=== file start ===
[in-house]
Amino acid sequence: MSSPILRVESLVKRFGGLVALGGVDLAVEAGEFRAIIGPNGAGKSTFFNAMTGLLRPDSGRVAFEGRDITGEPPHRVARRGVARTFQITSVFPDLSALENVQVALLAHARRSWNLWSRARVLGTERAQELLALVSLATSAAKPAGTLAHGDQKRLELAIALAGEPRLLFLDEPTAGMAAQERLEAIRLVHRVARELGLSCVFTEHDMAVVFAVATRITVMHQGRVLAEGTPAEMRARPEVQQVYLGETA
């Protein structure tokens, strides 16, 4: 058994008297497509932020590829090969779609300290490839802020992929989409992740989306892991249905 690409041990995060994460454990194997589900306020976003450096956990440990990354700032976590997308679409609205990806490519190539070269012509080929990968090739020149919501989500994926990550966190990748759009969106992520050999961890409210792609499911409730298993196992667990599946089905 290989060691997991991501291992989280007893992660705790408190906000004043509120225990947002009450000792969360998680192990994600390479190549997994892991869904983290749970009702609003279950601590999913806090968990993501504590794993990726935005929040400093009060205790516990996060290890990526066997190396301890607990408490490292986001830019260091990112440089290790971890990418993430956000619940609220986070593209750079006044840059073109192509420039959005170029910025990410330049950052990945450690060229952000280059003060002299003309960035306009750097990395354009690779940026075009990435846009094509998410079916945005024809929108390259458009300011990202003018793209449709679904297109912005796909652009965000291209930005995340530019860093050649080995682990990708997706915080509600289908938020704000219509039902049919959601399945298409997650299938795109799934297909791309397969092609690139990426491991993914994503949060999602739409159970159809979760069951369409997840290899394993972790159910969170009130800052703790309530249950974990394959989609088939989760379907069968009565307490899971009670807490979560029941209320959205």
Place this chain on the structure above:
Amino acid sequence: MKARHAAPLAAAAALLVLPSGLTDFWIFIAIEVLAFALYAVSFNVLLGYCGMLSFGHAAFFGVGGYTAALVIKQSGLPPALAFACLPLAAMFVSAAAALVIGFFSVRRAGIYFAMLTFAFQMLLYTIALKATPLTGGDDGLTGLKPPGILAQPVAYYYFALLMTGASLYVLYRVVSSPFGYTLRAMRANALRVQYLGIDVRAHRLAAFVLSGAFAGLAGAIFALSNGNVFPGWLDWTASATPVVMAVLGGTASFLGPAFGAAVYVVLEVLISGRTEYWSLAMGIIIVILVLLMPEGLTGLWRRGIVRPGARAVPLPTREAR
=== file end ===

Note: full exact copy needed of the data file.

[in-house]
Amino acid sequence: MSSPILRVESLVKRFGGLVALGGVDLAVEAGEFRAIIGPNGAGKSTFFNAMTGLLRPDSGRVAFEGRDITGEPPHRVARRGVARTFQITSVFPDLSALENVQVALLAHARRSWNLWSRARVLGTERAQELLALVSLATSAAKPAGTLAHGDQKRLELAIALAGEPRLLFLDEPTAGMAAQERLEAIRLVHRVARELGLSCVFTEHDMAVVFAVATRITVMHQGRVLAEGTPAEMRARPEVQQVYLGETA
């Protein structure tokens, strides 16, 4: 058994008297497509932020590829090969779609300290490839802020992929989409992740989306892991249905 690409041990995060994460454990194997589900306020976003450096956990440990990354700032976590997308679409609205990806490519190539070269012509080929990968090739020149919501989500994926990550966190990748759009969106992520050999961890409210792609499911409730298993196992667990599946089905 290989060691997991991501291992989280007893992660705790408190906000004043509120225990947002009450000792969360998680192990994600390479190549997994892991869904983290749970009702609003279950601590999913806090968990993501504590794993990726935005929040400093009060205790516990996060290890990526066997190396301890607990408490490292986001830019260091990112440089290790971890990418993430956000619940609220986070593209750079006044840059073109192509420039959005170029910025990410330049950052990945450690060229952000280059003060002299003309960035306009750097990395354009690779940026075009990435846009094509998410079916945005024809929108390259458009300011990202003018793209449709679904297109912005796909652009965000291209930005995340530019860093050649080995682990990708997706915080509600289908938020704000219509039902049919959601399945298409997650299938795109799934297909791309397969092609690139990426491991993914994503949060999602739409159970159809979760069951369409997840290899394993972790159910969170009130800052703790309530249950974990394959989609088939989760379907069968009565307490899971009670807490979560029941209320959205």
Place this chain on the structure above:
Amino acid sequence: MKARHAAPLAAAAALLVLPSGLTDFWIFIAIEVLAFALYAVSFNVLLGYCGMLSFGHAAFFGVGGYTAALVIKQSGLPPALAFACLPLAAMFVSAAAALVIGFFSVRRAGIYFAMLTFAFQMLLYTIALKATPLTGGDDGLTGLKPPGILAQPVAYYYFALLMTGASLYVLYRVVSSPFGYTLRAMRANALRVQYLGIDVRAHRLAAFVLSGAFAGLAGAIFALSNGNVFPGWLDWTASATPVVMAVLGGTASFLGPAFGAAVYVVLEVLISGRTEYWSLAMGIIIVILVLLMPEGLTGLWRRGIVRPGARAVPLPTREAR